Hong Kong’s police chief has said the force will enhance its cyber-intelligence capabilities to detect anyone committing seditious acts, as he warned of the potential for violent elements of the anti-government movement to shift their operations underground.
Commissioner of Police Raymond Siu Chak-yee said there were still “bad faith actors” hoping to “incite violence” among young people through media, culture and the arts, despite Hong Kong returning to stability after the 2019 protests.
He again blamed “fake news” for stoking divisions between Hong Kong’s youth on the one side and the government and police on the other, saying that magazine articles and short online videos were among the tools being used to target young people.
“In the past two years, there has been a lot of fake news and misinformation causing huge misunderstanding among young people about police, the government and the country,” Siu told a radio show.
“We have now given ourselves a goal that we should clarify any false information within two hours of it spreading.”
He added: “Even though the situation in Hong Kong has stabilised, there is still a chance of violent elements going underground.”
Calling for increased vigilance against threats to Hong Kong security, he urged residents to report any suspicious items, or even people around them expressing radical views. He warned those taking anti-government stances to stay within the confines of the law.
Siu has previously laid the blame on misinformation for undermining the reputation of the police force, insisting its relations with residents were not as bad as people thought.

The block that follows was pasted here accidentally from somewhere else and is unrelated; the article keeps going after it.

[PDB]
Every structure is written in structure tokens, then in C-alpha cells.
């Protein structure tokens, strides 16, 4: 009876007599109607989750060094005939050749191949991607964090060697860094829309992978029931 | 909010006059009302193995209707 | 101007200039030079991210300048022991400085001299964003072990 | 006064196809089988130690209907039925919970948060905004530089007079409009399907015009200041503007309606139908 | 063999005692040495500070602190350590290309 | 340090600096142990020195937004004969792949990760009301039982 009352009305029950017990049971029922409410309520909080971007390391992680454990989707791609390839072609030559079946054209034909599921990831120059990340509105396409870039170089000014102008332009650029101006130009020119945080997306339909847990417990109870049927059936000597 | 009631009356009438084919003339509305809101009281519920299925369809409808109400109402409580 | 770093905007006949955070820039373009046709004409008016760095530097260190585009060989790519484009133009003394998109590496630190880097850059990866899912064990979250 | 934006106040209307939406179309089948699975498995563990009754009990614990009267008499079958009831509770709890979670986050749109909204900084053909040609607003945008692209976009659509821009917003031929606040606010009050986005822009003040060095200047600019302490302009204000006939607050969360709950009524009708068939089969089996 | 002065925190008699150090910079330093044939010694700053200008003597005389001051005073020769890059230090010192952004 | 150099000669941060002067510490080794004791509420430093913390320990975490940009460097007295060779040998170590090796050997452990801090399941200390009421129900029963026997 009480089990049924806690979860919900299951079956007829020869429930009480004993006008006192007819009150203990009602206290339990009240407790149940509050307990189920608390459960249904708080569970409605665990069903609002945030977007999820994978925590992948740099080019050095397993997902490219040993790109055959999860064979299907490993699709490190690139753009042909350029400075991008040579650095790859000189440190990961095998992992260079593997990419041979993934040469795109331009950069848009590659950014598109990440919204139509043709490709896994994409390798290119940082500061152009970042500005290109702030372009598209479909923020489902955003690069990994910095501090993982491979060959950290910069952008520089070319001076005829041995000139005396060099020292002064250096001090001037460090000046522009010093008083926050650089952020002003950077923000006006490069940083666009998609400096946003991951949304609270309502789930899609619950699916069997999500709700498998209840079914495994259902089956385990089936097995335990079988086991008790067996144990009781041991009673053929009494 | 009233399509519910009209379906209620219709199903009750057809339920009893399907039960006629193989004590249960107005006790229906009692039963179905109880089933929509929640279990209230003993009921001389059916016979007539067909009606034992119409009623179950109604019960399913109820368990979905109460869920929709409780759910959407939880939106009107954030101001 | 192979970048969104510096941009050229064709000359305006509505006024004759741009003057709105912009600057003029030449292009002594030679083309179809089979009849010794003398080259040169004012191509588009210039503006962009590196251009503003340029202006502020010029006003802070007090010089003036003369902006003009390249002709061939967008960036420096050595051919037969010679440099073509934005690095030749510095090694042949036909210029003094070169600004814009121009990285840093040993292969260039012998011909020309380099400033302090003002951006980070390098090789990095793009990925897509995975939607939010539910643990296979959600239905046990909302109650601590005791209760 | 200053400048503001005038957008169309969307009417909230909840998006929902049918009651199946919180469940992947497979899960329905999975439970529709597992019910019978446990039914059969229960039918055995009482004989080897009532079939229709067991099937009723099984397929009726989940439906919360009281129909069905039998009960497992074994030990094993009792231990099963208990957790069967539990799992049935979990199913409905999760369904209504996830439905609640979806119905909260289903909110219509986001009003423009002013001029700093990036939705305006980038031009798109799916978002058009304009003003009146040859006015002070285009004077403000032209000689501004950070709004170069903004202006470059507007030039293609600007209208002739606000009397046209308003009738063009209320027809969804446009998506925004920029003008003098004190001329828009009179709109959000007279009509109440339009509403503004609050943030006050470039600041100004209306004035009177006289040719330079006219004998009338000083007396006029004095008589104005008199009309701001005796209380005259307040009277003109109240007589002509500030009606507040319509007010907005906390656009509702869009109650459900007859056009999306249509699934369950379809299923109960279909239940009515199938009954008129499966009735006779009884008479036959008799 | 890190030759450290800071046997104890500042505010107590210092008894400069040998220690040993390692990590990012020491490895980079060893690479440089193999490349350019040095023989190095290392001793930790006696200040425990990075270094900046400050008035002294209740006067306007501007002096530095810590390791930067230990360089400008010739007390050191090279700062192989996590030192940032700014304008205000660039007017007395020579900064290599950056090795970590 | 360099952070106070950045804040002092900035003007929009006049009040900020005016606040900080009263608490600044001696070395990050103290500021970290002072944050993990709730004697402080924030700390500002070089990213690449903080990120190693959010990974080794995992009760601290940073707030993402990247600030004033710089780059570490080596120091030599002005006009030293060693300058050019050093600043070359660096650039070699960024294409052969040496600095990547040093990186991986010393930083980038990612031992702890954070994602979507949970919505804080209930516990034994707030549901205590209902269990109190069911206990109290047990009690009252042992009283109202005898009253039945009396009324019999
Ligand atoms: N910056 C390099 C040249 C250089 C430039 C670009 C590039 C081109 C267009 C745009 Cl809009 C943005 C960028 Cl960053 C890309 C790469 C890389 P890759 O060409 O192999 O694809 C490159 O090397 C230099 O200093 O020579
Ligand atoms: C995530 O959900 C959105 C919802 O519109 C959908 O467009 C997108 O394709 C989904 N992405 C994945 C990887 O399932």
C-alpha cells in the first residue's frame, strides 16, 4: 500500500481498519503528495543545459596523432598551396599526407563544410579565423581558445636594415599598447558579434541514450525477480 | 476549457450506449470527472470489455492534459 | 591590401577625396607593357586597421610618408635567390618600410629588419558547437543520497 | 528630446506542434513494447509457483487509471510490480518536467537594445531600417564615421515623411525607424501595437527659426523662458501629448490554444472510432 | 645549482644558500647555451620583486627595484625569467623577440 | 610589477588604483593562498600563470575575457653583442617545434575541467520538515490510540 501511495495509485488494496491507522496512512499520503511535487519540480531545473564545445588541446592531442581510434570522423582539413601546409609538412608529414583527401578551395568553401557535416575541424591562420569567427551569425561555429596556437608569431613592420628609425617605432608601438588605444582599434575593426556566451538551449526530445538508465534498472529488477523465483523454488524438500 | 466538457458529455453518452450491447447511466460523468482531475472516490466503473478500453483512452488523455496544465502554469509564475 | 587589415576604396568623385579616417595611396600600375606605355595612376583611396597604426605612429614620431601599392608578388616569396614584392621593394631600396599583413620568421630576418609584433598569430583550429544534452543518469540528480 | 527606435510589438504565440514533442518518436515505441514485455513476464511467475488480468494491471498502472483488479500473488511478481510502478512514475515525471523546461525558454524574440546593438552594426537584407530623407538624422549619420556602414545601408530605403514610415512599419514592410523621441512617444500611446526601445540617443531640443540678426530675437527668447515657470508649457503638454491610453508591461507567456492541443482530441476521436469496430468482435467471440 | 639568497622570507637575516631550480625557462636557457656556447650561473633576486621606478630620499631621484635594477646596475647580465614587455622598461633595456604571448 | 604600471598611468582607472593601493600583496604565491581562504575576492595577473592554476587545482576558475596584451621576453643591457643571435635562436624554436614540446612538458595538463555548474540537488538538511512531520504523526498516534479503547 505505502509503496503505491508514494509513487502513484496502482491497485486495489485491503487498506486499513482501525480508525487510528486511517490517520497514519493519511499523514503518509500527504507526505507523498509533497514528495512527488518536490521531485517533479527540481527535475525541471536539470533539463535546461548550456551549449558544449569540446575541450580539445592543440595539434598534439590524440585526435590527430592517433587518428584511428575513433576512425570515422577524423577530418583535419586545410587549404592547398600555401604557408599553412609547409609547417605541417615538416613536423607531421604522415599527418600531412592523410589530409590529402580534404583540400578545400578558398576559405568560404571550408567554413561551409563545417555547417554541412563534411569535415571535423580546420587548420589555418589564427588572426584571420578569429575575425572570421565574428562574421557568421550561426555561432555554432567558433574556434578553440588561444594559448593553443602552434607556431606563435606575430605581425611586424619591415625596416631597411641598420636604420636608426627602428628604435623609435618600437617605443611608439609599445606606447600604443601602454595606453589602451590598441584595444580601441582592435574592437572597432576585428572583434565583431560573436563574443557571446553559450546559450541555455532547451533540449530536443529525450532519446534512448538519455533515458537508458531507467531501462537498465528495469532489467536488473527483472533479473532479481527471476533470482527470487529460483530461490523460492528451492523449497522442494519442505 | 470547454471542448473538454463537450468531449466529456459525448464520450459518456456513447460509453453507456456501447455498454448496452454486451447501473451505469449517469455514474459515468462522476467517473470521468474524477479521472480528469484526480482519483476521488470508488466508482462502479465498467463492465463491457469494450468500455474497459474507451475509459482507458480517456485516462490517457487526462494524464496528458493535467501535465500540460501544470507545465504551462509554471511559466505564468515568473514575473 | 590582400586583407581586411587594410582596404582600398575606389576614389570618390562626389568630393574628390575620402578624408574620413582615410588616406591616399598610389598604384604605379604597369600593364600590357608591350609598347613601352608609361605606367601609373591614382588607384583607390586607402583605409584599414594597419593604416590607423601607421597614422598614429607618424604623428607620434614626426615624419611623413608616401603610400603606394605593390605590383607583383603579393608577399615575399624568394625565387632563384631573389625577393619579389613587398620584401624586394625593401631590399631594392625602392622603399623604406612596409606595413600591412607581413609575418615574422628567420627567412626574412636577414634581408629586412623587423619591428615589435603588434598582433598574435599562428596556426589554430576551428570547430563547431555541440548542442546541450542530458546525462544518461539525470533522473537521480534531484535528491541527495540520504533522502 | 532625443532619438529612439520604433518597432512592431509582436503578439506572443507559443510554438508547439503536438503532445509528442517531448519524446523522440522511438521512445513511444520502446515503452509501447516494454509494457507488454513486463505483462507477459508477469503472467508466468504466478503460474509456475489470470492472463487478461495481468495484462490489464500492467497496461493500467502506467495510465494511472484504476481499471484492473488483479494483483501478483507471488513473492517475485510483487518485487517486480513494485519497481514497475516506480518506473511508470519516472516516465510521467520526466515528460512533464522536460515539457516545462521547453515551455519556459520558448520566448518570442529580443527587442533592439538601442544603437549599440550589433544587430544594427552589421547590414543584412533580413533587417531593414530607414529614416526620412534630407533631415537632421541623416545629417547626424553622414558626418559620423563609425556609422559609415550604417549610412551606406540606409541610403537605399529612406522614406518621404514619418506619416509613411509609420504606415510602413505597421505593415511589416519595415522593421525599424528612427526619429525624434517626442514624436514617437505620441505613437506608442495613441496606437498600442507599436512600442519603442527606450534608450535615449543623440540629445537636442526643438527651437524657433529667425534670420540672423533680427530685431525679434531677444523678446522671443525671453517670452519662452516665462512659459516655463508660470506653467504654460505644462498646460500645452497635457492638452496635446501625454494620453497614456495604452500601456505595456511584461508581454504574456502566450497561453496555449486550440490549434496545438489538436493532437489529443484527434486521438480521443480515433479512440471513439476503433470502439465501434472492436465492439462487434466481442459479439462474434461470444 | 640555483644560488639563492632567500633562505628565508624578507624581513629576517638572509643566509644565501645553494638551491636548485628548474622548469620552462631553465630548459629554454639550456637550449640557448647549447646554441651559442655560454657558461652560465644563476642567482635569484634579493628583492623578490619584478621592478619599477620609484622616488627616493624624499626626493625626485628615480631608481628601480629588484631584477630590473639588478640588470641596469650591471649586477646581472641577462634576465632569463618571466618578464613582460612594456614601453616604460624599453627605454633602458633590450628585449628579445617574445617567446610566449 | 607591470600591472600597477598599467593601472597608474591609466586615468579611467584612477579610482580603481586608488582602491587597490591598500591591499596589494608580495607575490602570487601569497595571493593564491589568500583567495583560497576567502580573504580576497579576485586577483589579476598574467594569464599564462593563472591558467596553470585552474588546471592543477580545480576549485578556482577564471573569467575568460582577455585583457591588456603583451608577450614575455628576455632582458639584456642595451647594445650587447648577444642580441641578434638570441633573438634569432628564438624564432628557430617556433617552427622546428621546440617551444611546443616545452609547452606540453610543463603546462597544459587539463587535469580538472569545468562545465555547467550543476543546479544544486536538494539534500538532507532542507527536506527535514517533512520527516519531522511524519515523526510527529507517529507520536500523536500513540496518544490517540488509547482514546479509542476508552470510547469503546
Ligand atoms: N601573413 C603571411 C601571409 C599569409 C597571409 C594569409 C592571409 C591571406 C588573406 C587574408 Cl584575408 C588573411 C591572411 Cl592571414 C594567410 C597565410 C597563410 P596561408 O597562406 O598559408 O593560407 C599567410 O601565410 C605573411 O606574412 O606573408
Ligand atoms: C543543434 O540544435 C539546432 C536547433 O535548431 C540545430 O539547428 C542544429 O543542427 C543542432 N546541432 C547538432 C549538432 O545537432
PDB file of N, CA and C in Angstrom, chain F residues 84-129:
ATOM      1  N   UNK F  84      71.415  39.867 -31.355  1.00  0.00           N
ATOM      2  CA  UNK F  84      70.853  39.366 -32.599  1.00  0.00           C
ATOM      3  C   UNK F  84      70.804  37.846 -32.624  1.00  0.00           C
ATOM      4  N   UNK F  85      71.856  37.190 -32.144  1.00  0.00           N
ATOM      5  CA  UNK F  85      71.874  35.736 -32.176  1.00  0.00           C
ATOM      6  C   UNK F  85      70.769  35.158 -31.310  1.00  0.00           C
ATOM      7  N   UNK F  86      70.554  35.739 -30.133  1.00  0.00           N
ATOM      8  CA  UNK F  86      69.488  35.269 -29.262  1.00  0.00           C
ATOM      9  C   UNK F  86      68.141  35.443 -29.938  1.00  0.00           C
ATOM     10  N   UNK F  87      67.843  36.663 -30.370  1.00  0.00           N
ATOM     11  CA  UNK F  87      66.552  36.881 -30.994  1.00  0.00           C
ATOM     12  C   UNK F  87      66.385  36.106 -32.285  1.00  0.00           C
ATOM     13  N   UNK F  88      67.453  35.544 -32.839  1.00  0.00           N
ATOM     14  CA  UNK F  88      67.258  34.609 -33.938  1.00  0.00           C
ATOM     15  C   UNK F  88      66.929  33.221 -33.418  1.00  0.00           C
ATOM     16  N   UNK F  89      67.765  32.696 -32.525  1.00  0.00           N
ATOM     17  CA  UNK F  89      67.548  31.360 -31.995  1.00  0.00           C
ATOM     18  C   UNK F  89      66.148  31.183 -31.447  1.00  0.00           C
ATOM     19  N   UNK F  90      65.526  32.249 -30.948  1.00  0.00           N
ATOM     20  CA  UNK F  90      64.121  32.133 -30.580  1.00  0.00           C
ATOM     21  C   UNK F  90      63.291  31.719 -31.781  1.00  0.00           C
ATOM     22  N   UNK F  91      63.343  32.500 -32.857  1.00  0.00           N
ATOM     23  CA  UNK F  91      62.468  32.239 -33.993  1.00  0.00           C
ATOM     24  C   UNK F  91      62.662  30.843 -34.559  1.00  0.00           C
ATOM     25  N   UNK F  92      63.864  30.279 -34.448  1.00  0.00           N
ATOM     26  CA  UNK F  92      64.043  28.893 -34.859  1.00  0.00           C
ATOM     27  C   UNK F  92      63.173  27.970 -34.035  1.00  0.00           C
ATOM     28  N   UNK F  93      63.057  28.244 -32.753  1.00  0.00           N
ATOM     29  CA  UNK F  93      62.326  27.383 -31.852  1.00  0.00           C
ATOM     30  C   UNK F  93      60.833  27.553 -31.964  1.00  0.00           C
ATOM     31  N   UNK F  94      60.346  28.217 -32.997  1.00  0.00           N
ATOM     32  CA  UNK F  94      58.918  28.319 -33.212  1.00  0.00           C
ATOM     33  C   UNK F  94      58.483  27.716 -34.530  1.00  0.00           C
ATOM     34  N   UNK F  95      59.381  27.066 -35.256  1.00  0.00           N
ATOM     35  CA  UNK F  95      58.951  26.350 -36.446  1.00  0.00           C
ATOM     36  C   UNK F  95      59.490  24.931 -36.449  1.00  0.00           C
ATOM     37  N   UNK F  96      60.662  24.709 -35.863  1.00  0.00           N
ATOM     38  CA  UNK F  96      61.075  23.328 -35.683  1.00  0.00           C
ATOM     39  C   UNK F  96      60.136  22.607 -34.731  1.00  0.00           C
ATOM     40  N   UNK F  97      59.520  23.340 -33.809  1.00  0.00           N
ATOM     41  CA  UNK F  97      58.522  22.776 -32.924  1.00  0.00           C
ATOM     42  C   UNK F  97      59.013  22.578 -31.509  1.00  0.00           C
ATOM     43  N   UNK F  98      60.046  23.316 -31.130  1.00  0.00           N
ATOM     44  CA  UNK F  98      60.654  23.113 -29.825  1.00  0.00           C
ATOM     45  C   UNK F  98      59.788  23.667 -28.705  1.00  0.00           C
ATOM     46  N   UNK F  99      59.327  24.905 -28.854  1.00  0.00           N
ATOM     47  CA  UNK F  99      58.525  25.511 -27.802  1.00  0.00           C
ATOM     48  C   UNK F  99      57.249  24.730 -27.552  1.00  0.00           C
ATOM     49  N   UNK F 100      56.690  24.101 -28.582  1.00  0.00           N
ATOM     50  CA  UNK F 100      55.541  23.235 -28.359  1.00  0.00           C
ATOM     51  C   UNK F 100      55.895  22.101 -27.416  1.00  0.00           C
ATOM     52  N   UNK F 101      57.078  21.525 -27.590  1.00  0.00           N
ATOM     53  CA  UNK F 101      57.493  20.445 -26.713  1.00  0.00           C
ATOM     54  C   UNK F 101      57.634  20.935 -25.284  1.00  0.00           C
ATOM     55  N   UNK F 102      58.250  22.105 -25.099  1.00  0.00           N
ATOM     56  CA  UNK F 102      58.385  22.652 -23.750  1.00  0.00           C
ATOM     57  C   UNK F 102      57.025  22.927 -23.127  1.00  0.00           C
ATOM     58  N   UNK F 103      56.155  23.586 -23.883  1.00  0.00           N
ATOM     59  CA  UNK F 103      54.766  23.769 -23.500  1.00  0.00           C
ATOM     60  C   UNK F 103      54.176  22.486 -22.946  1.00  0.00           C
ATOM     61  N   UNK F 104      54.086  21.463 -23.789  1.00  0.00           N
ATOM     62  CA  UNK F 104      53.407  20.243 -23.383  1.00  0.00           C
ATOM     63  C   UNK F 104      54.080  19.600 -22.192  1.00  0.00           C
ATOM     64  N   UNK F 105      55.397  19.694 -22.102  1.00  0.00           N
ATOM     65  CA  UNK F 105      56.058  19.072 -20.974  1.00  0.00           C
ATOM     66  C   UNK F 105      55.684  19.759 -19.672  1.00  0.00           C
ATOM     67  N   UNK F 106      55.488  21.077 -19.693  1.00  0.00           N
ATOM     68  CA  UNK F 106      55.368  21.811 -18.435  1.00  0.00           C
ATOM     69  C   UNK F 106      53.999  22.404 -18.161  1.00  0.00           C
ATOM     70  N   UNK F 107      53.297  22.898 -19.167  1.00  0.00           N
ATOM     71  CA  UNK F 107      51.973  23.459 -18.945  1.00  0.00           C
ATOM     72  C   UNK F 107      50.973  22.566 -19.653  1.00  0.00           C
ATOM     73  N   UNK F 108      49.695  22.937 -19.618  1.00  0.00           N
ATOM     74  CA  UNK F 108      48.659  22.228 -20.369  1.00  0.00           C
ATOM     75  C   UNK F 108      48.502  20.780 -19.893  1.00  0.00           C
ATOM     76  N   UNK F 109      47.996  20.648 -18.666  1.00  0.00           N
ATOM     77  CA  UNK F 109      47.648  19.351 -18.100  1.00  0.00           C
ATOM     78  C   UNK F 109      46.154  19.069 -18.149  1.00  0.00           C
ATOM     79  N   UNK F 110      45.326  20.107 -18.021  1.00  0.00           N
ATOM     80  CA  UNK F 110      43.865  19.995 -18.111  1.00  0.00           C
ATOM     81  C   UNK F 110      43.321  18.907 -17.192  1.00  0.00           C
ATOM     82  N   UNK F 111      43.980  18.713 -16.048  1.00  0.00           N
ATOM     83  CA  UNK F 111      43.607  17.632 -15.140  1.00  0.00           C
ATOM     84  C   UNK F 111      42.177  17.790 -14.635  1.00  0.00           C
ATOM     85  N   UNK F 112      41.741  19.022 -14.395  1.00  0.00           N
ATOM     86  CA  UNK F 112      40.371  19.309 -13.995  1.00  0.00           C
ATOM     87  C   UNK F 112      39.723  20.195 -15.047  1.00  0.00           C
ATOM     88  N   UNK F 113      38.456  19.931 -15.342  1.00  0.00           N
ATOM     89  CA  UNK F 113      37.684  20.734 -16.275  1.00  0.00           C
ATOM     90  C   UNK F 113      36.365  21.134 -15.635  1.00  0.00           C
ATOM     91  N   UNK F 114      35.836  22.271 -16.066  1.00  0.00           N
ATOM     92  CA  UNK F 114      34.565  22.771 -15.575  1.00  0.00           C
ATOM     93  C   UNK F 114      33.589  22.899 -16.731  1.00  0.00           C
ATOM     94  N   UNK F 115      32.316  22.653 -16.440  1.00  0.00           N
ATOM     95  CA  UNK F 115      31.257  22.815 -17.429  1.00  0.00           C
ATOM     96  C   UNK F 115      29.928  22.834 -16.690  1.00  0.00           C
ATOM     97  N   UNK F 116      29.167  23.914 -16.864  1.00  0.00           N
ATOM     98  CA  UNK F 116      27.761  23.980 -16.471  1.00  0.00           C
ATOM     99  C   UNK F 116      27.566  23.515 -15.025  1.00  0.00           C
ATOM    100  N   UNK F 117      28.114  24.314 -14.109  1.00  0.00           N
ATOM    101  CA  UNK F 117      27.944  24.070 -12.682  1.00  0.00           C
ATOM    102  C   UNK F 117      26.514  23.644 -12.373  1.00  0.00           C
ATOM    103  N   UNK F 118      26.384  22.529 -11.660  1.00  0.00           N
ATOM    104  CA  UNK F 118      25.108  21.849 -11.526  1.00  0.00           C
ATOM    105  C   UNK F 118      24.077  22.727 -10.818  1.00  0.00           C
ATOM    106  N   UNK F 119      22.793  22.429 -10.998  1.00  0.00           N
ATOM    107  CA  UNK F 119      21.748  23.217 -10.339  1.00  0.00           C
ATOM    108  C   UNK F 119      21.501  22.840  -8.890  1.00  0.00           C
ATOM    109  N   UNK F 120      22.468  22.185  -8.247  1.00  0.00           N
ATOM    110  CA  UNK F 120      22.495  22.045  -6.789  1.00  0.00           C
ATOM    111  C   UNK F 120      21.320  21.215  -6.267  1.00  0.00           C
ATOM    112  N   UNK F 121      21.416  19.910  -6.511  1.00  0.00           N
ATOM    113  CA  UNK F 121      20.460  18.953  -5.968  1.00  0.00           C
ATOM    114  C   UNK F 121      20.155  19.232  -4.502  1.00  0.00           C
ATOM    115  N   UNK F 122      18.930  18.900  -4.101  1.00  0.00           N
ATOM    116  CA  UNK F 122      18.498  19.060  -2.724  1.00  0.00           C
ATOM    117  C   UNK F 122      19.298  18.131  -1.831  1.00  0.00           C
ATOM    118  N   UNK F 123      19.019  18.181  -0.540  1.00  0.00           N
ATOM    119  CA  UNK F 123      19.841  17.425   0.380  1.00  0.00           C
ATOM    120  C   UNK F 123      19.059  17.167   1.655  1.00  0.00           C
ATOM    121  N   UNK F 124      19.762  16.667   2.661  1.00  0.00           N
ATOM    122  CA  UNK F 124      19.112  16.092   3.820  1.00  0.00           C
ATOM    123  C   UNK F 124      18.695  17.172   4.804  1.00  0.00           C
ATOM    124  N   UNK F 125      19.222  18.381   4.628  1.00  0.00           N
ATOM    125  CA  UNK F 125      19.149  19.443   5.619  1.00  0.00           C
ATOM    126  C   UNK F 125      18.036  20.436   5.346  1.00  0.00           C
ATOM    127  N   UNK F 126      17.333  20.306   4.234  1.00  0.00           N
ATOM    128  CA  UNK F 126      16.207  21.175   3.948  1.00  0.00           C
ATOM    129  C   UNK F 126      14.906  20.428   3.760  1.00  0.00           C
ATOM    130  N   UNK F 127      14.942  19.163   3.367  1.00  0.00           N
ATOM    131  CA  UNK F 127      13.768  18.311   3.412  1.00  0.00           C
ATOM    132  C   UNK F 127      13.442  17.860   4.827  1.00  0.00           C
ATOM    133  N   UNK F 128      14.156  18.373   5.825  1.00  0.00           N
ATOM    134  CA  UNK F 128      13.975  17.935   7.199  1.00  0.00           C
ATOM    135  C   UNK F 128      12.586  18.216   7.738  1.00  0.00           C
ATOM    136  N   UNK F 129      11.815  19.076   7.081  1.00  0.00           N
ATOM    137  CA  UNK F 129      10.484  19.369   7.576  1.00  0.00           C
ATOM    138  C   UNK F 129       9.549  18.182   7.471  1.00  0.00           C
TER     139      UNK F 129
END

Hong Kong authorities have since pushed for controversial fake news legislation. Chief Secretary John Lee Ka-chiu also said in July that the government would “move as quickly as possible” to pass legislation.
The Hong Kong Journalists Association is strongly opposed to the plan, stressing such legislation has been introduced by regimes across the world to crack down on dissidents and curb press freedoms.
Top government adviser and barrister Ronny Tong Ka-wah had previously conceded it was difficult to define fake news or enforce legislation against it as many of the online platforms responsible were based overseas, although he said the city would eventually require legislation targeting the spread of misinformation.
Both Lee and Secretary for Security Chris Tang Ping-keung said that misinformation fuelled hatred towards police during the anti-government protests of 2019. During the unrest, police officers were accused of using excessive force when engaged in running street battles with protesters.
Amid concern over the impact of legislation on Hong Kong’s media industry, Siu on Sunday said that fake news was “carefully crafted and intentionally using lies to incite and mislead the public” and was a separate issue to press freedom.
“In the past, I have worked with many experienced media professionals and I definitely respect them,” he said. “But press freedom does not equal fake news freedom. Freedom is based on respect for the law, and if you do not respect it, you have no right to talk about freedom.”
Meanwhile, Siu said any protests to be held in the future, such as the June 4 vigil to commemorate the 1989 Tiananmen Square crackdown, would be subject to a review – undertaken by police on a case-by-case basis – to assess whether the event could be used as a platform for violent acts.